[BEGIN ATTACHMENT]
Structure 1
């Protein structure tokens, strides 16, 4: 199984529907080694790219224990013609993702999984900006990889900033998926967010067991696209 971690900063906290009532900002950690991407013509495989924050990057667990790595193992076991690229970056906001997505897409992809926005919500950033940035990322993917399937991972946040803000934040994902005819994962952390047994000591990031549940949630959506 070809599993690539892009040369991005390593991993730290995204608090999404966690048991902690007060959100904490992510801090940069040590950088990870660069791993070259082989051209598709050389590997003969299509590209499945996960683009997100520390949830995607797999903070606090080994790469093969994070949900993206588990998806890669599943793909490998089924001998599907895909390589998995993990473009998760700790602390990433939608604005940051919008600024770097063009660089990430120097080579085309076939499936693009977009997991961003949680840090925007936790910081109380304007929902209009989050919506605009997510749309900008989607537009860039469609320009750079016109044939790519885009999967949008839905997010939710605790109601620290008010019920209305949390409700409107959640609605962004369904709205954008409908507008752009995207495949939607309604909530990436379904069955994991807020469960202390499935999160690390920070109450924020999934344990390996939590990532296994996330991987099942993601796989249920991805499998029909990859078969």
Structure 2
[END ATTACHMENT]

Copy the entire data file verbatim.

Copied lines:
Structure 1
């Protein structure tokens, strides 16, 4: 199984529907080694790219224990013609993702999984900006990889900033998926967010067991696209 971690900063906290009532900002950690991407013509495989924050990057667990790595193992076991690229970056906001997505897409992809926005919500950033940035990322993917399937991972946040803000934040994902005819994962952390047994000591990031549940949630959506 070809599993690539892009040369991005390593991993730290995204608090999404966690048991902690007060959100904490992510801090940069040590950088990870660069791993070259082989051209598709050389590997003969299509590209499945996960683009997100520390949830995607797999903070606090080994790469093969994070949900993206588990998806890669599943793909490998089924001998599907895909390589998995993990473009998760700790602390990433939608604005940051919008600024770097063009660089990430120097080579085309076939499936693009977009997991961003949680840090925007936790910081109380304007929902209009989050919506605009997510749309900008989607537009860039469609320009750079016109044939790519885009999967949008839905997010939710605790109601620290008010019920209305949390409700409107959640609605962004369904709205954008409908507008752009995207495949939607309604909530990436379904069955994991807020469960202390499935999160690390920070109450924020999934344990390996939590990532296994996330991987099942993601796989249920991805499998029909990859078969």
Structure 2